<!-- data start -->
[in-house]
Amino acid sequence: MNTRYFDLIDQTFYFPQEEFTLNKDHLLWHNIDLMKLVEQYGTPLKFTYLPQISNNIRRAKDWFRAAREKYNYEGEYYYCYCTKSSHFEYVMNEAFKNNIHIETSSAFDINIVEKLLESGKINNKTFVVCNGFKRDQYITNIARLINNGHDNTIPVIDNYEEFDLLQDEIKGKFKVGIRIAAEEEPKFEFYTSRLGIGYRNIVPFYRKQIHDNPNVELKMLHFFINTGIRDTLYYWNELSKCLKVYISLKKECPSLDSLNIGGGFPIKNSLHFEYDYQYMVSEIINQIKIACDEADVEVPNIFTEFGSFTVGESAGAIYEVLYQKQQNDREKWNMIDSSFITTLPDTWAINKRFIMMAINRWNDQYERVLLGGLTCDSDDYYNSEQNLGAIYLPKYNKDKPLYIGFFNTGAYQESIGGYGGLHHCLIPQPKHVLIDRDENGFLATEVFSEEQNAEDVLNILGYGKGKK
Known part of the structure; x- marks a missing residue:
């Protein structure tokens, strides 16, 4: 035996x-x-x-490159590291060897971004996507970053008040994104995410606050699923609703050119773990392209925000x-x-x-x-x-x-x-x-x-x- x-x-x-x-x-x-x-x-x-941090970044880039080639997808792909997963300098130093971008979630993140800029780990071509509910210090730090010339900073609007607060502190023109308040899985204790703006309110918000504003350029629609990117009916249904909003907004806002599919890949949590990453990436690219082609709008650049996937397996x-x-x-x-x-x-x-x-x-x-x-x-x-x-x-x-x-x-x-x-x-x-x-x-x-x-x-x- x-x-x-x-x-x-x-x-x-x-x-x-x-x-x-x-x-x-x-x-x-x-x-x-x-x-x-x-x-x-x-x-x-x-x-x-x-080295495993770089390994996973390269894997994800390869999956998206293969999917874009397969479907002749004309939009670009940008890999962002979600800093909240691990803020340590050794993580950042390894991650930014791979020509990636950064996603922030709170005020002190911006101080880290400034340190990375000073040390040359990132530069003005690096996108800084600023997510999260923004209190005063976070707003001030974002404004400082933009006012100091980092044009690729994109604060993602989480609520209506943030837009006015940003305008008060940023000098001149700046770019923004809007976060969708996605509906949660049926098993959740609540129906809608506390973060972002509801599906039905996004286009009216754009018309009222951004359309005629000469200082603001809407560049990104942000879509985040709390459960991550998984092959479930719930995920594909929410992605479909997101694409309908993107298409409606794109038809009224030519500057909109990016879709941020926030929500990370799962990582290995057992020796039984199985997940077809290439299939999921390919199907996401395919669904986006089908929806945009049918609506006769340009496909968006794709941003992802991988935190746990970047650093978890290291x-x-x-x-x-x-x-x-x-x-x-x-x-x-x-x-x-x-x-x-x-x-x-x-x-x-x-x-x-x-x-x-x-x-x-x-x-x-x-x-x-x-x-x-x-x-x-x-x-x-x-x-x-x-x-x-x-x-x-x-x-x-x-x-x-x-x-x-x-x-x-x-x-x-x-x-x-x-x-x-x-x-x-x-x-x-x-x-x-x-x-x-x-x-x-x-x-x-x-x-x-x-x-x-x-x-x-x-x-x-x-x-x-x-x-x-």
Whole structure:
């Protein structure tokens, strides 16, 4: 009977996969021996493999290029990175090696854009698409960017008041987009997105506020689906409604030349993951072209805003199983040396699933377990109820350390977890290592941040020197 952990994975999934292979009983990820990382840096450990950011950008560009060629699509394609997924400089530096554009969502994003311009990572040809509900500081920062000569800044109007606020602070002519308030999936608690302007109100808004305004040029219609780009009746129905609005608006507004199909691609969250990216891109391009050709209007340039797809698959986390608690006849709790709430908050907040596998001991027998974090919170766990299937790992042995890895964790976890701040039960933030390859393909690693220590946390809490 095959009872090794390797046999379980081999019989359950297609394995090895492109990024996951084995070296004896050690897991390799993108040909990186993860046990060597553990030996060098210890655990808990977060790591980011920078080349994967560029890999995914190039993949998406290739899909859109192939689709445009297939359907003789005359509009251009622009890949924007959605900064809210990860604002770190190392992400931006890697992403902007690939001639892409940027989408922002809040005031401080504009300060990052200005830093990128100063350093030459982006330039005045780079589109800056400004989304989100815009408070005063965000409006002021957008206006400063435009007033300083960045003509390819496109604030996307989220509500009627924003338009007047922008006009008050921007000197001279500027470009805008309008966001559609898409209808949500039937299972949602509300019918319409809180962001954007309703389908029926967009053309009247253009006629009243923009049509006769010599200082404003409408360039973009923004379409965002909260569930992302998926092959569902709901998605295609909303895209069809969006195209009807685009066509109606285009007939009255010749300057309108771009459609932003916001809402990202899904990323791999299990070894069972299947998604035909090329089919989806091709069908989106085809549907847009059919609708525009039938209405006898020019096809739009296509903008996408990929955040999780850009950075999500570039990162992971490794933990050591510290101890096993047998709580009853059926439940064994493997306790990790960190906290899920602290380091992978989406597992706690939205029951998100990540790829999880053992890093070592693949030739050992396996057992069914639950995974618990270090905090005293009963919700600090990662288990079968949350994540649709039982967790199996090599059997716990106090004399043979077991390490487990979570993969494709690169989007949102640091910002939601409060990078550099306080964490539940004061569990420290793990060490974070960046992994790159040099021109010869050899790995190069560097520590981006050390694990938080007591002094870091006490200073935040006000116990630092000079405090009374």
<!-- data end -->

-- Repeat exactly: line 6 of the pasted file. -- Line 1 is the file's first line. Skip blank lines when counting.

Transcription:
């Protein structure tokens, strides 16, 4: 009977996969021996493999290029990175090696854009698409960017008041987009997105506020689906409604030349993951072209805003199983040396699933377990109820350390977890290592941040020197 952990994975999934292979009983990820990382840096450990950011950008560009060629699509394609997924400089530096554009969502994003311009990572040809509900500081920062000569800044109007606020602070002519308030999936608690302007109100808004305004040029219609780009009746129905609005608006507004199909691609969250990216891109391009050709209007340039797809698959986390608690006849709790709430908050907040596998001991027998974090919170766990299937790992042995890895964790976890701040039960933030390859393909690693220590946390809490 095959009872090794390797046999379980081999019989359950297609394995090895492109990024996951084995070296004896050690897991390799993108040909990186993860046990060597553990030996060098210890655990808990977060790591980011920078080349994967560029890999995914190039993949998406290739899909859109192939689709445009297939359907003789005359509009251009622009890949924007959605900064809210990860604002770190190392992400931006890697992403902007690939001639892409940027989408922002809040005031401080504009300060990052200005830093990128100063350093030459982006330039005045780079589109800056400004989304989100815009408070005063965000409006002021957008206006400063435009007033300083960045003509390819496109604030996307989220509500009627924003338009007047922008006009008050921007000197001279500027470009805008309008966001559609898409209808949500039937299972949602509300019918319409809180962001954007309703389908029926967009053309009247253009006629009243923009049509006769010599200082404003409408360039973009923004379409965002909260569930992302998926092959569902709901998605295609909303895209069809969006195209009807685009066509109606285009007939009255010749300057309108771009459609932003916001809402990202899904990323791999299990070894069972299947998604035909090329089919989806091709069908989106085809549907847009059919609708525009039938209405006898020019096809739009296509903008996408990929955040999780850009950075999500570039990162992971490794933990050591510290101890096993047998709580009853059926439940064994493997306790990790960190906290899920602290380091992978989406597992706690939205029951998100990540790829999880053992890093070592693949030739050992396996057992069914639950995974618990270090905090005293009963919700600090990662288990079968949350994540649709039982967790199996090599059997716990106090004399043979077991390490487990979570993969494709690169989007949102640091910002939601409060990078550099306080964490539940004061569990420290793990060490974070960046992994790159040099021109010869050899790995190069560097520590981006050390694990938080007591002094870091006490200073935040006000116990630092000079405090009374």